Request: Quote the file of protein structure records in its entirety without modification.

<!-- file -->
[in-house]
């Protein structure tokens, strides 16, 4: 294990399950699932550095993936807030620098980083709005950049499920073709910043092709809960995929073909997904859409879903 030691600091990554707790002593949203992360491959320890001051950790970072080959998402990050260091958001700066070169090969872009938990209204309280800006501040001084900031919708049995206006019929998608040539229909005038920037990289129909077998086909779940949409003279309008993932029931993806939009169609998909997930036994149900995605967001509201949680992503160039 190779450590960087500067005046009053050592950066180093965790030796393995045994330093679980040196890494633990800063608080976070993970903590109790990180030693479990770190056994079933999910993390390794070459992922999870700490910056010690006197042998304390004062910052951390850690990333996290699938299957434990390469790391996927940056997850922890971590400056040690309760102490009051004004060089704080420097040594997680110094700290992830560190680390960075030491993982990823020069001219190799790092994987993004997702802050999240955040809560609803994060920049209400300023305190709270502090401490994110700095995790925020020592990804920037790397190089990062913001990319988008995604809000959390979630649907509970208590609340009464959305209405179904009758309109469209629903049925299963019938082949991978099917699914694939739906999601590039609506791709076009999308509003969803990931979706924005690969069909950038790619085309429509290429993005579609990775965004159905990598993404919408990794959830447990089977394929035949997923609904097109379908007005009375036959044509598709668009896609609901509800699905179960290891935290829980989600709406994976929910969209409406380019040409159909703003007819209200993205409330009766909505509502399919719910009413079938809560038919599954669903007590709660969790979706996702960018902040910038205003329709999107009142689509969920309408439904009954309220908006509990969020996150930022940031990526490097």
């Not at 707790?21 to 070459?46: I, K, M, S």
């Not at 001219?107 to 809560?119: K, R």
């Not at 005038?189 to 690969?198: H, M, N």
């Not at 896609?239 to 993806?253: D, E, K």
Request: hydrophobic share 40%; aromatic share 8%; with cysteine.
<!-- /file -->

[in-house]
């Protein structure tokens, strides 16, 4: 294990399950699932550095993936807030620098980083709005950049499920073709910043092709809960995929073909997904859409879903 030691600091990554707790002593949203992360491959320890001051950790970072080959998402990050260091958001700066070169090969872009938990209204309280800006501040001084900031919708049995206006019929998608040539229909005038920037990289129909077998086909779940949409003279309008993932029931993806939009169609998909997930036994149900995605967001509201949680992503160039 190779450590960087500067005046009053050592950066180093965790030796393995045994330093679980040196890494633990800063608080976070993970903590109790990180030693479990770190056994079933999910993390390794070459992922999870700490910056010690006197042998304390004062910052951390850690990333996290699938299957434990390469790391996927940056997850922890971590400056040690309760102490009051004004060089704080420097040594997680110094700290992830560190680390960075030491993982990823020069001219190799790092994987993004997702802050999240955040809560609803994060920049209400300023305190709270502090401490994110700095995790925020020592990804920037790397190089990062913001990319988008995604809000959390979630649907509970208590609340009464959305209405179904009758309109469209629903049925299963019938082949991978099917699914694939739906999601590039609506791709076009999308509003969803990931979706924005690969069909950038790619085309429509290429993005579609990775965004159905990598993404919408990794959830447990089977394929035949997923609904097109379908007005009375036959044509598709668009896609609901509800699905179960290891935290829980989600709406994976929910969209409406380019040409159909703003007819209200993205409330009766909505509502399919719910009413079938809560038919599954669903007590709660969790979706996702960018902040910038205003329709999107009142689509969920309408439904009954309220908006509990969020996150930022940031990526490097």
């Not at 707790?21 to 070459?46: I, K, M, S």
């Not at 001219?107 to 809560?119: K, R």
């Not at 005038?189 to 690969?198: H, M, N």
């Not at 896609?239 to 993806?253: D, E, K």
Request: hydrophobic share 40%; aromatic share 8%; with cysteine.